Controlling the time and sequence of cancer therapies may hold the key to unlocking better outcomes for patients with aggressive cancers, according to research published today.
In a collaborative effort between cancer biologists at Harvard Medical School and applied mathematicians at the University of Waterloo, researchers are now showing that improved cancer therapy can be achieved by targeting drug-resistant cancer cells in a new way.
Dr. Shiladitya Sengupta and Dr. Aaron Goldman, cancer biologists at Harvard Medical School, led the research which is published in the journal Nature Communications. The team found that targeting cancer cells that survive a cancer therapy known as cytotoxic chemotherapy -- with specific combinations of therapies -- kills cancer cells in the lab, reduces tumors and extends the survival of mice with cancer.
Researchers say their findings can have a major and immediate impact on the clinical administration of cancer therapy by introducing new methods of delivering old drugs.
The Harvard researchers used a mathematical model developed by Mohammad Kohandel, a professor in Waterloo's Department of Applied Mathematics, and Andrew Dhawan, a former Waterloo math undergrad who is now a medical student. The model predicted the populations of cells within tumors developing resistance to therapy.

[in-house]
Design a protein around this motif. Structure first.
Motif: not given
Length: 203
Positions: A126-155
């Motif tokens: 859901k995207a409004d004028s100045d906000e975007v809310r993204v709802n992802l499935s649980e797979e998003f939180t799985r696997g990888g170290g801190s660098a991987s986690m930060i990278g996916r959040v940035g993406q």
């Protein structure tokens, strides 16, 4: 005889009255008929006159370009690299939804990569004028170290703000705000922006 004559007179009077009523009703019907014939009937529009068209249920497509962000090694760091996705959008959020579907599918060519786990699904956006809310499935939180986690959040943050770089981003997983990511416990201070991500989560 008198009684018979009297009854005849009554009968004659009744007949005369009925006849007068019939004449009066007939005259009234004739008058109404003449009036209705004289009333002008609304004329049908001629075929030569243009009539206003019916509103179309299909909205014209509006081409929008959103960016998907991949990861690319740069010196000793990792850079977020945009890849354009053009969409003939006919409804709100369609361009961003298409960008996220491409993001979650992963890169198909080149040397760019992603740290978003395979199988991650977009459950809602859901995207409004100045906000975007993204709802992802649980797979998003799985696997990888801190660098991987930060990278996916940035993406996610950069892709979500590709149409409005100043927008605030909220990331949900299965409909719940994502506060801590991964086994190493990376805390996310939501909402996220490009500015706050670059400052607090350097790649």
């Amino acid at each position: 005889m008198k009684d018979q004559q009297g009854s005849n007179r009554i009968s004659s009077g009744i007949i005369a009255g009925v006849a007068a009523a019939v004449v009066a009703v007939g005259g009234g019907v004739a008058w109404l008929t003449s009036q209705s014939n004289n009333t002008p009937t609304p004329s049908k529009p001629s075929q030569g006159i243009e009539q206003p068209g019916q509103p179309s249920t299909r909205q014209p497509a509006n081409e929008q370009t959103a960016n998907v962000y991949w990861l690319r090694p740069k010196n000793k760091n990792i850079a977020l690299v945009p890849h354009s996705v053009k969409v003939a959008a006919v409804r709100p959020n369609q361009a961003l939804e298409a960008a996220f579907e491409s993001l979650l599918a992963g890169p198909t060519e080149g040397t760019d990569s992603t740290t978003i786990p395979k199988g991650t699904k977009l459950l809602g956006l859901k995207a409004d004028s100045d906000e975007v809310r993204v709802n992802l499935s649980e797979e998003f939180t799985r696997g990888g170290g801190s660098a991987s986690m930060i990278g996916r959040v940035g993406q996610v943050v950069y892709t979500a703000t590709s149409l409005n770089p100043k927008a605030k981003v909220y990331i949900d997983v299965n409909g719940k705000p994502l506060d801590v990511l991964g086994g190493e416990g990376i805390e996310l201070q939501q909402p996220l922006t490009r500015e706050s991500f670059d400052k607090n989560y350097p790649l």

"It's an exciting time to be involved in cancer biology as relationships between biologists and mathematicians are now being recognized as critical to the development of . . . cancer management," said Goldman.
There is a small subset of cancer stem cells (CSCs), well known to be drug resistant, that have been of interest to researchers as they strive to overcome the challenges associated with cancer therapy failure. The research team found that, after exposure to cytotoxic chemotherapy, populations of non-CSCs were acquiring some attributes of CSCs, reorganizing the proteins within them to overcome the cancer therapy. The researchers observed that drugs targeting a specific protein known as Hck, killed a large fraction of these transitioning cells.
"It is an honor to be a part of this important study," said Professor Kohandel. "Application of mathematical and computational models to cancer biology is an exciting and novel area of research which can determine the most effective timing, sequencing and dosage of chemotherapy."
The lead authors are now working together with Professor Kohandel to unravel even more complexities of cancer chemotherapy to not only achieve better sequences and combinations of existing drugs, but to develop brand new therapies with the use of nanotechnology.
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